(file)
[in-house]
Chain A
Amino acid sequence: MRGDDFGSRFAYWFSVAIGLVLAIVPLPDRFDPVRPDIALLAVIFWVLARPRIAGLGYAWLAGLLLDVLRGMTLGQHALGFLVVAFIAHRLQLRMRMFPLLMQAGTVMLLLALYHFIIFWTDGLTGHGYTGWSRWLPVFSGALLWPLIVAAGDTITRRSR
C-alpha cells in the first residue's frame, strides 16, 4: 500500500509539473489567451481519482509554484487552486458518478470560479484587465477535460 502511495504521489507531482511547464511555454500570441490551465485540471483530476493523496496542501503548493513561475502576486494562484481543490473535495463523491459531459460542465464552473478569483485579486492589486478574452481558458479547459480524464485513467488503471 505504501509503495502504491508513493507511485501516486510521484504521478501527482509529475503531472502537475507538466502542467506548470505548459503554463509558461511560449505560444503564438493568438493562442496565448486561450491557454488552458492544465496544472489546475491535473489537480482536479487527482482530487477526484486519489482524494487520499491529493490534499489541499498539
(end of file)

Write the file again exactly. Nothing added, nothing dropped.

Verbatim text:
[in-house]
Chain A
Amino acid sequence: MRGDDFGSRFAYWFSVAIGLVLAIVPLPDRFDPVRPDIALLAVIFWVLARPRIAGLGYAWLAGLLLDVLRGMTLGQHALGFLVVAFIAHRLQLRMRMFPLLMQAGTVMLLLALYHFIIFWTDGLTGHGYTGWSRWLPVFSGALLWPLIVAAGDTITRRSR
C-alpha cells in the first residue's frame, strides 16, 4: 500500500509539473489567451481519482509554484487552486458518478470560479484587465477535460 502511495504521489507531482511547464511555454500570441490551465485540471483530476493523496496542501503548493513561475502576486494562484481543490473535495463523491459531459460542465464552473478569483485579486492589486478574452481558458479547459480524464485513467488503471 505504501509503495502504491508513493507511485501516486510521484504521478501527482509529475503531472502537475507538466502542467506548470505548459503554463509558461511560449505560444503564438493568438493562442496565448486561450491557454488552458492544465496544472489546475491535473489537480482536479487527482482530487477526484486519489482524494487520499491529493490534499489541499498539